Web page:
Blog - Unity Behind Diversity

Searching for beauty in the dissonance

Tagged: canada

WIND Mobile Launches Reasonable Data Plans In Canada

WIND Mobile’s pricing plans brought a breath of fresh air to the Canadian wireless landscape last December, but customers have been asking for less expensive data. WIND offered a great $35/month unlimited data add-on, but nothing below that for general purpose data.

Well, today, WIND announced new data add-ons. Just like their voice plans (and unlike what I was used to with Rogers), WIND’s data add-ons are brilliantly simple and easy to understand.

Here’s my take:

Add-On Social Charged Infinite
Cost $10/month (+ overage)
$20/month (+ overage)
$35/month. Period.
Data Included 50 MB/month
500 MB/month
Overage rate 20¢/MB
$10 / 50 MB
$20 / 500 MB
n / a
Monthly break-even 100 MB
x 20¢/MB = $20
875 MB
x 4¢/MB = $35
n / a
My Thoughts Makes sense if you only use mobile data occasionally, or for mostly text.

e.g. My mom, who uses mobile data mostly for email, and occasionally to browse the web

Makes sense if you browse the web regularly, and stream/download audio or video sometimes.

e.g. My fiancée, an average web user (email, social networking sites, chat, photos, maps, the occasional audio/video stream)

Makes sense if you stream/download audio or video a lot, or if you want to tether your mobile device with your laptop.

e.g. A geek like me, especially if I’m tethering, though I might even consider downgrading to Charged.

The monthly break-even point is not necessarily the long-term break-even point. Even if you go over the monthly break-even point occasionally, a smaller plan might be less expensive on average over time.

Pay Before to cap spending. If you’re concerned about overage charges, you can go Pay Before and only put in as much money as you’re willing to spend each month. Unlike other carriers, WIND offers Pay Before customers access to the same plans and add-ons.

Although these rates only apply in Home Zones, WIND is expanding it’s Home Zones daily, with the ambition of building a national 3G network. Right now, the Home Zones are Toronto, Calgary, Vancouver, Ottawa and Edmonton.

No More Getting Ripped Off

Coming from a family that’s been ripped off by Rogers for way too long, this is a breath of fresh air. Working through a Rogers bill involves a labyrinth of plans (fixed versus flex rate, Pay-As-You-Go versus regular wireless), vague details, ridiculous contracts, outrageous early cancellation fees, and sales reps who don’t understand half of it. The game is to do a detailed analysis of your usage and their offerings (including the fine print and hidden costs), and try to match them up as best you can. Otherwise, Rogers will happily take as much of your money as it can. Bell and Telus are hardly different.

I’m thankful for a wireless company that is trying to earn money by making things easy to understand, rather than profiting from confusion.

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The Sad State Of Mobile Competition in Canada, As Evidenced By Twitter SMS Support

You know things are pretty pathetic when an announcement from Rogers that SMS updates are re-enabled for Twitter (after 7 months of downtime), without any pricing trickery, is a cause for rejoicing. Update: I spoke too soon

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Canadian Blank CD Levy To Increase By Another 38%

This post originally appeared on Techdirt.

The Copyright Board of Canada has decided to increase the levy on blank CDs from 21 cents to 29 cents each. The levy is a sort of “you’re a criminal tax” that assumes blank CDs are going to be used for unauthorized copying. Blank CDs in Canada are now often more expensive than blank DVDs (which have no levy and hold more data), and most of that cost goes directly to the record industry. In 2006, about 70% went to the labels, but it seems like even more now, with actual price of CD-Rs dropping. With a 21 cent levy, a pack of 50 CD-Rs sells for about $12 before tax. That’s 24 cents per CD-R — 87.5% of the price goes to the record industry. And that’s before the 8 cent increase.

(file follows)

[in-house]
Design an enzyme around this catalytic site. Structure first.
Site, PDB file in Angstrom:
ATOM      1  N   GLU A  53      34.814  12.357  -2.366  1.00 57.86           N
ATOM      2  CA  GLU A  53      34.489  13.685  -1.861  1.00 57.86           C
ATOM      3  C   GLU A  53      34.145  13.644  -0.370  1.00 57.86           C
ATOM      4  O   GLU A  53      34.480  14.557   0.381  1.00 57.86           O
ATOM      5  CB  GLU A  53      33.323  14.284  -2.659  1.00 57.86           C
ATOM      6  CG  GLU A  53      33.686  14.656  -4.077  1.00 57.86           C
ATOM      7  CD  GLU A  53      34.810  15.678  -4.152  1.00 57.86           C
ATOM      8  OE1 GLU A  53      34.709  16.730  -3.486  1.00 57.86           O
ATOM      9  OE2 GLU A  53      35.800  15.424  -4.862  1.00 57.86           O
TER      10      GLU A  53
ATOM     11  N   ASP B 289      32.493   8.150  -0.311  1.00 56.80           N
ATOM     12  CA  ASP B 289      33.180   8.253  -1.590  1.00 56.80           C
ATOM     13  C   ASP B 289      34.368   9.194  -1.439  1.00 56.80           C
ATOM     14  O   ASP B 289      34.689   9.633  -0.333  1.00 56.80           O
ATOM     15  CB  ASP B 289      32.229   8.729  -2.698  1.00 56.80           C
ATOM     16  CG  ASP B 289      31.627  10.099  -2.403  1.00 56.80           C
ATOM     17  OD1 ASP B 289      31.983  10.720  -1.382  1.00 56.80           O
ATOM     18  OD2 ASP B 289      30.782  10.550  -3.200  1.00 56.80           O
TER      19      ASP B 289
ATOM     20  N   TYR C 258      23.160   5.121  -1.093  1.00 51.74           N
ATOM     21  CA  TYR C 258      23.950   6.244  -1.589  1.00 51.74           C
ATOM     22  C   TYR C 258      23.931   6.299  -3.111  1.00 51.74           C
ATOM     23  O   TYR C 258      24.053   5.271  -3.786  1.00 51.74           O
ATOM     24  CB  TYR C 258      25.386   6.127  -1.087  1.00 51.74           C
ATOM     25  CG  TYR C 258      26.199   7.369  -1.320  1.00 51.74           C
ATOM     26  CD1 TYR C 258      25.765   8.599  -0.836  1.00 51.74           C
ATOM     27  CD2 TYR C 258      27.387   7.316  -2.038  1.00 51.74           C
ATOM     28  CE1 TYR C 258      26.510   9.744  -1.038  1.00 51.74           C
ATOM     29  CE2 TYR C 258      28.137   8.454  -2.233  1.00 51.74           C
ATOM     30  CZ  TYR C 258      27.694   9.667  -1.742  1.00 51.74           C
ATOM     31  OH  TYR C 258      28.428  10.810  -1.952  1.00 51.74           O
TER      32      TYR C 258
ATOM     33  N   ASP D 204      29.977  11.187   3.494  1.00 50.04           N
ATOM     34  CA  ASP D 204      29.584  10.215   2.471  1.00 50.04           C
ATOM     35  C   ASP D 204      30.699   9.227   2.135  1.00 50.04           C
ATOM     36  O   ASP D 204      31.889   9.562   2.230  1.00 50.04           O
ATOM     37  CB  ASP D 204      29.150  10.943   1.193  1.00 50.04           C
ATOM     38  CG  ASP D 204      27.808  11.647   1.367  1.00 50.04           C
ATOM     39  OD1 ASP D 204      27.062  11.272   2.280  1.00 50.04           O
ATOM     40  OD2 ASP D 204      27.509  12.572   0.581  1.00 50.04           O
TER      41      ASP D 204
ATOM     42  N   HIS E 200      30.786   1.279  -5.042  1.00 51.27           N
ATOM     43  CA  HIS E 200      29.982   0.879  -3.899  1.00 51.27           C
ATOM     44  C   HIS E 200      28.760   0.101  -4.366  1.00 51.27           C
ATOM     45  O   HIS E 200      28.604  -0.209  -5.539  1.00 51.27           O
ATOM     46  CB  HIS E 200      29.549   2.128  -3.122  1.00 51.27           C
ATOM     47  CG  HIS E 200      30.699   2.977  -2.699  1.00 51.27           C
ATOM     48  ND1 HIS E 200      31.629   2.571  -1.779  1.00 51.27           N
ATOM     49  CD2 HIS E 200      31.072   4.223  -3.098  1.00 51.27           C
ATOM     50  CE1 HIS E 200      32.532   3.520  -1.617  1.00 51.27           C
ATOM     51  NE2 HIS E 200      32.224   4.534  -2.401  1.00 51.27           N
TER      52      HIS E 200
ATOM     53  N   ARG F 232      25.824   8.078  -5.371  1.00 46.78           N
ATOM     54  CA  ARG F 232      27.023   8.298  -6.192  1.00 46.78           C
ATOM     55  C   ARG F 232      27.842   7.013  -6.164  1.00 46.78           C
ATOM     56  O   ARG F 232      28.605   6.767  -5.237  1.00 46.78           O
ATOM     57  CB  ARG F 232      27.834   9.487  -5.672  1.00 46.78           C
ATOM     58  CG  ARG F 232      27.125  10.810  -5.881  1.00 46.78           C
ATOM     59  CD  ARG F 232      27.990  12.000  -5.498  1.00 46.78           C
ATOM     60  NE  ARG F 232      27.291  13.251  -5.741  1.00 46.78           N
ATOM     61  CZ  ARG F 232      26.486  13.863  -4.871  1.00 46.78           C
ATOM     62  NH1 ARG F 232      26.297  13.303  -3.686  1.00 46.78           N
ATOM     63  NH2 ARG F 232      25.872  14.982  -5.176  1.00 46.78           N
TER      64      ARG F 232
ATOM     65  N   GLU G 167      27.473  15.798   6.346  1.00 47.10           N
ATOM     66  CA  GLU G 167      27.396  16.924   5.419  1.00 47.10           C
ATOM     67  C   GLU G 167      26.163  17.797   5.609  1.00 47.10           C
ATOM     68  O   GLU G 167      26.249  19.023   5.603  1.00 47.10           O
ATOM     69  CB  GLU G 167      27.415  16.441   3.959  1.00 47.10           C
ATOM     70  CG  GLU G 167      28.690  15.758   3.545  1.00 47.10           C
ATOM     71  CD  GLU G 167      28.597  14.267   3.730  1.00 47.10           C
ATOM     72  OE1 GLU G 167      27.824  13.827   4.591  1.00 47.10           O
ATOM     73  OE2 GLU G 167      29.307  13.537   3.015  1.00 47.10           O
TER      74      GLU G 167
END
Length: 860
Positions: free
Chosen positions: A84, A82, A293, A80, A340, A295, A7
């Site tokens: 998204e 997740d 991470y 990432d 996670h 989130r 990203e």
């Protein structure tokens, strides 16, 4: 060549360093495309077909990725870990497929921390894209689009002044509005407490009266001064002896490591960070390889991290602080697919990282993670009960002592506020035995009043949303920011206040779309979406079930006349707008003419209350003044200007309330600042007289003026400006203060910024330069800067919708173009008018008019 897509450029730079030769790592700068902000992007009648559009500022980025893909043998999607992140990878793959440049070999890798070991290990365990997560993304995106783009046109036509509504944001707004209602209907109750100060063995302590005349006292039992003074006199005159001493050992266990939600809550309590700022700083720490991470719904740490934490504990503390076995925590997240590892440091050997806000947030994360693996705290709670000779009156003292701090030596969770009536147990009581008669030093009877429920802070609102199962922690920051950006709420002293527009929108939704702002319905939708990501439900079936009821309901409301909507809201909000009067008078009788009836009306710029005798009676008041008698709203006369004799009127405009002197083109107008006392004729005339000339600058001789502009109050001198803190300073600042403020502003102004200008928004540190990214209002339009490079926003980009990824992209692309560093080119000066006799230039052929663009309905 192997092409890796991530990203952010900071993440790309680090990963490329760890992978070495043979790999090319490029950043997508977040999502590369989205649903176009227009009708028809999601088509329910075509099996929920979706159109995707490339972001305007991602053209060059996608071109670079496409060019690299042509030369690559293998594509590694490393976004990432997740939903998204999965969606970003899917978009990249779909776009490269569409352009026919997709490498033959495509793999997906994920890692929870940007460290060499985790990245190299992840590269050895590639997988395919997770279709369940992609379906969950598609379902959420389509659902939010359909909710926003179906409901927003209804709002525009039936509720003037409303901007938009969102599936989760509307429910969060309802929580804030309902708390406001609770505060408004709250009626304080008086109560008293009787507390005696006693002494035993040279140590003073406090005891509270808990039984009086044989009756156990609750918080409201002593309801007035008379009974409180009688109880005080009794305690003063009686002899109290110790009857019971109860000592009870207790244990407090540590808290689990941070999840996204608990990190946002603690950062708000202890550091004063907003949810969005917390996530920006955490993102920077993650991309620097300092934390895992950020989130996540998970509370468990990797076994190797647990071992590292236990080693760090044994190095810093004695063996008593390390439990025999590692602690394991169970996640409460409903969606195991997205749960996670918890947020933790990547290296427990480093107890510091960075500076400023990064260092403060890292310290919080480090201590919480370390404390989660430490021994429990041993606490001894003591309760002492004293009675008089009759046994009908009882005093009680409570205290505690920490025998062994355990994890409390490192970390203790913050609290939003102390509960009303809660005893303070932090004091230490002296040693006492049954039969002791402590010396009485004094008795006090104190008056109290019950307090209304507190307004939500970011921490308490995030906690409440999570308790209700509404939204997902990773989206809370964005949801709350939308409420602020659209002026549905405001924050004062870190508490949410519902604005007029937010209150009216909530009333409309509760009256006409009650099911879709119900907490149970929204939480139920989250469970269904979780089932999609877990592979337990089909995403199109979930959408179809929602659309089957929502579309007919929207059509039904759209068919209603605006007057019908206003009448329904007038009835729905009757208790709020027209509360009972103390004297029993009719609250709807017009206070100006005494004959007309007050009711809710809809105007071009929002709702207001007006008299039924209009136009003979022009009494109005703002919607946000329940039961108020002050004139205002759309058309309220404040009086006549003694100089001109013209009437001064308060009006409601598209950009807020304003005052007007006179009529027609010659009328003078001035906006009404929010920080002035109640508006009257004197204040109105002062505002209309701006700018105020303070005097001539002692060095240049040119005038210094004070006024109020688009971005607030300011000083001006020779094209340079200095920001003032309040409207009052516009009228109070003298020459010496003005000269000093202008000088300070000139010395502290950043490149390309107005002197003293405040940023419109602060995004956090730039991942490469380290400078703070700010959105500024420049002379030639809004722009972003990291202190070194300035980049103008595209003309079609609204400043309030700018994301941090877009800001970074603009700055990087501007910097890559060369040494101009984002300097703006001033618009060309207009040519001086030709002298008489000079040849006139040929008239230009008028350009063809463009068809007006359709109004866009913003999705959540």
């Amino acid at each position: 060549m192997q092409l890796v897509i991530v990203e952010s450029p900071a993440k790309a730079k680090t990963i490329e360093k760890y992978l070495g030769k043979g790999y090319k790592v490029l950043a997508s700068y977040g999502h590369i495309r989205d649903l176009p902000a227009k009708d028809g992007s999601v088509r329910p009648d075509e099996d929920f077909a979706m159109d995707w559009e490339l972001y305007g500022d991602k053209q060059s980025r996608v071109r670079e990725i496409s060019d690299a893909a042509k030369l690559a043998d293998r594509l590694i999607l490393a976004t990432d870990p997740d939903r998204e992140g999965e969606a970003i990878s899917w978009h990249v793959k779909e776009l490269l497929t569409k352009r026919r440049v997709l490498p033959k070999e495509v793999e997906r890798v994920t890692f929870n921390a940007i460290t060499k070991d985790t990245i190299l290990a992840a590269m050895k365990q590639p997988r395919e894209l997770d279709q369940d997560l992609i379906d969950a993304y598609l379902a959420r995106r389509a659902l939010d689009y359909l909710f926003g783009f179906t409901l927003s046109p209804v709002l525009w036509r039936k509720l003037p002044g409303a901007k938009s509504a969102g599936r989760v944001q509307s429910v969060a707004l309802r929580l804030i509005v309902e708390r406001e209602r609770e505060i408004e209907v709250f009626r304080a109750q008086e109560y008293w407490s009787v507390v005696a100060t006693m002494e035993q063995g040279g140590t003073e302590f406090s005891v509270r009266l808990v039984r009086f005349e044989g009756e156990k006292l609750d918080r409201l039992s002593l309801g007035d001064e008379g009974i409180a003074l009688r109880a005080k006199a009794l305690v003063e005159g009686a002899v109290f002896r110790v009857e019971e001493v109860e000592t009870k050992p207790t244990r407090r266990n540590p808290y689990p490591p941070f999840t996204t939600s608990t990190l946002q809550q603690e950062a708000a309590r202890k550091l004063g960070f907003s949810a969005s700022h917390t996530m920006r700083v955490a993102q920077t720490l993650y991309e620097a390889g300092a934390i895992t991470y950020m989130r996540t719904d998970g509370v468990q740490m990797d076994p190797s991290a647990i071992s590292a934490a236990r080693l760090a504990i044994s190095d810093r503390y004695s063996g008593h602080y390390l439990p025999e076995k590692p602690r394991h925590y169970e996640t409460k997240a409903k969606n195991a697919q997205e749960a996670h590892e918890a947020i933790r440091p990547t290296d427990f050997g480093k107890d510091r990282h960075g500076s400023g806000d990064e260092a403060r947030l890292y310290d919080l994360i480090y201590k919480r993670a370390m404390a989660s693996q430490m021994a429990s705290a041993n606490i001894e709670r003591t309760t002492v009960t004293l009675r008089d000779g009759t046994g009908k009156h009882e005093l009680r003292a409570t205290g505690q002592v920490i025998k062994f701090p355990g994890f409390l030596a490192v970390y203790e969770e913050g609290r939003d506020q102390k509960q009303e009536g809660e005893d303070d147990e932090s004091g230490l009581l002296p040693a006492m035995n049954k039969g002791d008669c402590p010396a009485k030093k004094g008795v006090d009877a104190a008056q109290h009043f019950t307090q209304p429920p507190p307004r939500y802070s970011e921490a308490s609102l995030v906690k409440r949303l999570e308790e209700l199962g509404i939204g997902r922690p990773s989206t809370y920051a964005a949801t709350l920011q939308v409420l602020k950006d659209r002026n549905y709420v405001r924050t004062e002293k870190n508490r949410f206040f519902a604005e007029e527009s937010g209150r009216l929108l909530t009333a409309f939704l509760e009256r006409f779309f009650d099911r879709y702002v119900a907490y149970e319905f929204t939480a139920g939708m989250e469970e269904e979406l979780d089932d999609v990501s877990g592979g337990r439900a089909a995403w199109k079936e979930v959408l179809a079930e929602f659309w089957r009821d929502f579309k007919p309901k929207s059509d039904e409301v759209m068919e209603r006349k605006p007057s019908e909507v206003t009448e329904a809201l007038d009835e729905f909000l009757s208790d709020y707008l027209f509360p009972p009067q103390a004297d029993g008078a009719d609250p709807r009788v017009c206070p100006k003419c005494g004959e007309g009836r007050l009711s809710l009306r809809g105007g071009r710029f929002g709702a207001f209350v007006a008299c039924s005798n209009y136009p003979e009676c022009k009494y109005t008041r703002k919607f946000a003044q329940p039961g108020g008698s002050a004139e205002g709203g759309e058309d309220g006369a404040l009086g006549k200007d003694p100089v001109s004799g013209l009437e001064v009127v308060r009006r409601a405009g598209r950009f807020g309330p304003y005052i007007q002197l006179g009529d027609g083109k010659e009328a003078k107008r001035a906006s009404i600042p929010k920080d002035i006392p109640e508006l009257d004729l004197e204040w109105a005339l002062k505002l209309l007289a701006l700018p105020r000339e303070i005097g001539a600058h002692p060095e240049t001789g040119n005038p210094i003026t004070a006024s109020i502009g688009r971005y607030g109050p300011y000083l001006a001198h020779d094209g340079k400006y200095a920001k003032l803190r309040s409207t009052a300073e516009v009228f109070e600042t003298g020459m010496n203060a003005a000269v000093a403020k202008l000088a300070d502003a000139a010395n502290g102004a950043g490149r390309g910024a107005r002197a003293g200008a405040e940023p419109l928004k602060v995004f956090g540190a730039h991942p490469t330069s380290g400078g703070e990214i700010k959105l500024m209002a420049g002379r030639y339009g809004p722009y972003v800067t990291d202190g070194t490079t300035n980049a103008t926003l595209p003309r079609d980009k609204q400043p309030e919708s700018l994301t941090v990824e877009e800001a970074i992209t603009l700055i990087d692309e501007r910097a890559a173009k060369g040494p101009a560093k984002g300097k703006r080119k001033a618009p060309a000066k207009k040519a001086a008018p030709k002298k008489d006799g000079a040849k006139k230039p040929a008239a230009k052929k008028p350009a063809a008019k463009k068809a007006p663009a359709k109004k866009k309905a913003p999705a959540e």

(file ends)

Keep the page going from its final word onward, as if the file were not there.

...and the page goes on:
The board notes that sales of blank CDs are declining, but justifies the increase by arguing that compression allows people to store more songs on a CD. Meanwhile, there’s no levy on digital audio players (the Canadian record industry was worried it would legalize downloading and seemed to prefer to push for tougher copyright legislation instead). What’s going to happen when the Copyright Board realizes that blank CD sales are likely declining, not because everyone is using compression, but because less people are using CDs? This “you’re a criminal tax” has always been a short-term band-aid solution that’s not going to fix the record industry’s problem. Do Canadians really need to pay the record industry $30 million a year for the right to burn a few songs onto a CD every now and then? Luckily, the current government has expressed a desire to cancel the levy, though we’ll have to wait and see if they can follow through.

Read the comments on Techdirt.

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Photos from the Olympics

My mom has been uploading photos (or sending photos to me to upload) to Flickr from Beijing. She’s at the Olympics, working on the Canadian core medical team. There are some great shots! (Unfortunately, none are from competition.)

Those are just a few of my favourites. View the whole Beijing 2008 set to see the rest.

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Canadian Telcos: The Battle of Who Could Care Less

This is getting just a little bit ridiculous. Rogers’ rates are already insanely high since they have a GSM monopoly in Canada. Their absolutely unrealistic pricing plans for the iPhone appear to have even got the attention of Cupertino. Now, despite the ongoing investigation by the CRTC into Bell’s throttling practices (which is generating enough bad publicity), Bell and Telus are in a race to the bottom in the value they offer customers through their mobile pricing plans. They want to start charging customers 15 cents per received SMS message.